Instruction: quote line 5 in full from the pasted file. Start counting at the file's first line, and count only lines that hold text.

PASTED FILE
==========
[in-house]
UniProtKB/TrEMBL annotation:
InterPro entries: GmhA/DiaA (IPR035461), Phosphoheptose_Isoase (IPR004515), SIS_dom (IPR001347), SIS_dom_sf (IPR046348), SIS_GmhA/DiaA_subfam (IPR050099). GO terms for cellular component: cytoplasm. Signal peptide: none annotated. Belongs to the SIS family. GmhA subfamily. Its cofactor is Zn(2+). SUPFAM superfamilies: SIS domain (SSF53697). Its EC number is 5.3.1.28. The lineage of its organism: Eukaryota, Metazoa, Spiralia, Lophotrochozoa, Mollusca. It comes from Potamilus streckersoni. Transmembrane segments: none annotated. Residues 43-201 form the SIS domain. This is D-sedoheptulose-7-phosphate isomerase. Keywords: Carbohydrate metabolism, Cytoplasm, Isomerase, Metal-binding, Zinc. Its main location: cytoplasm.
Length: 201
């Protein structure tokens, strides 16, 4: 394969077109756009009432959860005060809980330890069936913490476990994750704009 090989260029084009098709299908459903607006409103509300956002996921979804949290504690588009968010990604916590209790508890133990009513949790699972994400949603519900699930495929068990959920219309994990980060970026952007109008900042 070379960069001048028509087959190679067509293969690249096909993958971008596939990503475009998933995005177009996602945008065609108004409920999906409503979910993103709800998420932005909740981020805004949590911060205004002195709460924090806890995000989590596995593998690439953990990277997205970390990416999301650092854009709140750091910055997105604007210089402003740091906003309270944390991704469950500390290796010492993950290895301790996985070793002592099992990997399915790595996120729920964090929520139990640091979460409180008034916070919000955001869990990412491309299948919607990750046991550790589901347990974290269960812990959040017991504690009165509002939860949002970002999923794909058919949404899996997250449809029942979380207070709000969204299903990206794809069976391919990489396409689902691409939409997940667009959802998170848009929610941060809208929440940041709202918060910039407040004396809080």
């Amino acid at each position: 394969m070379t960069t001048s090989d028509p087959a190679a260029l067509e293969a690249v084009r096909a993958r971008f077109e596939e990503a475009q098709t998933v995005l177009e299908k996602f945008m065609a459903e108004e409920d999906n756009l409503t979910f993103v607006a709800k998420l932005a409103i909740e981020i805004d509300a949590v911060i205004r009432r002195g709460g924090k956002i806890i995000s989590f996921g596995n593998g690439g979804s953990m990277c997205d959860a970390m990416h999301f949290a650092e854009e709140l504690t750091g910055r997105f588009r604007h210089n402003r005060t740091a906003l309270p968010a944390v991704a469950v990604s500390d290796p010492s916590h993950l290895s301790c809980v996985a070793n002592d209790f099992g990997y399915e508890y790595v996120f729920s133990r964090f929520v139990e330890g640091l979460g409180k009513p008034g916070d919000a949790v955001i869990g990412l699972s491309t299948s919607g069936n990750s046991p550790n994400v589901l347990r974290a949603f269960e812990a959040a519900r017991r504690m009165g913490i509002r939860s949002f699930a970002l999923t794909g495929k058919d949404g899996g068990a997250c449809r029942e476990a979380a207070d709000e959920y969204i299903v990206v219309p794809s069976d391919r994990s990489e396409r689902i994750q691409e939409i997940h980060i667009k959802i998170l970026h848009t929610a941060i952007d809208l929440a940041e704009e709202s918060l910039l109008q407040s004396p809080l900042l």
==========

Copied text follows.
């Protein structure tokens, strides 16, 4: 394969077109756009009432959860005060809980330890069936913490476990994750704009 090989260029084009098709299908459903607006409103509300956002996921979804949290504690588009968010990604916590209790508890133990009513949790699972994400949603519900699930495929068990959920219309994990980060970026952007109008900042 070379960069001048028509087959190679067509293969690249096909993958971008596939990503475009998933995005177009996602945008065609108004409920999906409503979910993103709800998420932005909740981020805004949590911060205004002195709460924090806890995000989590596995593998690439953990990277997205970390990416999301650092854009709140750091910055997105604007210089402003740091906003309270944390991704469950500390290796010492993950290895301790996985070793002592099992990997399915790595996120729920964090929520139990640091979460409180008034916070919000955001869990990412491309299948919607990750046991550790589901347990974290269960812990959040017991504690009165509002939860949002970002999923794909058919949404899996997250449809029942979380207070709000969204299903990206794809069976391919990489396409689902691409939409997940667009959802998170848009929610941060809208929440940041709202918060910039407040004396809080």